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Cancer diagnoses drop 12% in 2020 and 38% during pandemic first wave

New data reveals the extent of the impact the Covid-19 pandemic is having on other areas of medicine

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03 February 2021 11:36 AM

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ACN | Barcelona

In 2020, 12% fewer cancer cases were diagnosed in Catalonia compared to 2019, while the first wave of the pandemic saw diagnoses drop by 38%, highlighting the effect that the Covid-19 pandemic has had in other areas of medicine.

Dr. Josep Tabernero, head of oncology at Barcelona’s Vall d'Hebron hospital, explained to the Catalan News Agency that “new diagnoses” are what they are most concerned about.

Especially during the first wave of the coronavirus pandemic, many medical centres were transformed into Covid-19 wards. “We already have diagnosed patients on the radar, and we have reorganized care for them,” Dr. Tabernero says, but he warns that the situation is like a “transatlantic liner: it's hard to stop it, but when it stops, it's hard to get started."

"It's not that the diseases have disappeared, but that they are not being diagnosed," Tabernero warns, adding that this under-diagnosis of diseases is also happening in other countries. The oncologist also points out that the same thing that that happened with cancer is happening with other diseases too, and therefore health professionals have warned against the possibility of patients slipping through the strained system in a joint letter before the third wave.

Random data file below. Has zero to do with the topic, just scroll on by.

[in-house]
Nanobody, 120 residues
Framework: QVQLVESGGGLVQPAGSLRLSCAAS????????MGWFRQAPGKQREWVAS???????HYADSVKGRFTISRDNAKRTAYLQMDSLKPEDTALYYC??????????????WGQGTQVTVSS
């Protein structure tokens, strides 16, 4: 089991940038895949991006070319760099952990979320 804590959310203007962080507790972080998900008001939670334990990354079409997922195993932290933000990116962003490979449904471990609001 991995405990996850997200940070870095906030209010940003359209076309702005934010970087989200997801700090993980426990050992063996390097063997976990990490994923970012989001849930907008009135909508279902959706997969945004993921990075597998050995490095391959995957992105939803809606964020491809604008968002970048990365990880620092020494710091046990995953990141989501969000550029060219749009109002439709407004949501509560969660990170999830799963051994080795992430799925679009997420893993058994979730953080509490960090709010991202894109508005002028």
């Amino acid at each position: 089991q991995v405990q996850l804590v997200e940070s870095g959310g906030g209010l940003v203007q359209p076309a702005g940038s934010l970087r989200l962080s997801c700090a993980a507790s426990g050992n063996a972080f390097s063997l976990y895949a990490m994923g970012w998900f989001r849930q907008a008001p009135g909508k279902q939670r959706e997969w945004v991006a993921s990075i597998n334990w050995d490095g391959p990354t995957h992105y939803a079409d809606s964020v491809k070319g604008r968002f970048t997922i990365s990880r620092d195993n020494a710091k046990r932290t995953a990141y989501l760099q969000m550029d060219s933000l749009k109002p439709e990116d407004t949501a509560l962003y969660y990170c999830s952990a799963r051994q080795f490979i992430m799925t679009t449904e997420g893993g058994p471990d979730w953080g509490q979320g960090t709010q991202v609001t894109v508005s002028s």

Behind the decrease in diagnoses is the limitation of resources in the health system: "As much as we are opening new devices, health resources are finite and professionals are too," Tabernero explains. 

"It's not just more beds. You also need more CT scans, more endoscopies, more of everything. If you do a CT scan to diagnose complications of Covid-19, you can't do it to diagnose lung cancer."

The medical professional believes that "cases that were not detected in 2020 will come out this year,” meaning we’ll likely see a rise in diagnoses in 2021. “If we can't work due to the system collapsing again, we will find ourselves in the same situation again."

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  • Dr. Josep Tabernero, head of oncology at Barcelona’s Vall d'Hebron hospital, speaks in an interview with the Catalan News Agency (by Laura Fíguls)

  • Dr. Josep Tabernero, head of oncology at Barcelona’s Vall d'Hebron hospital, speaks in an interview with the Catalan News Agency (by Laura Fíguls)

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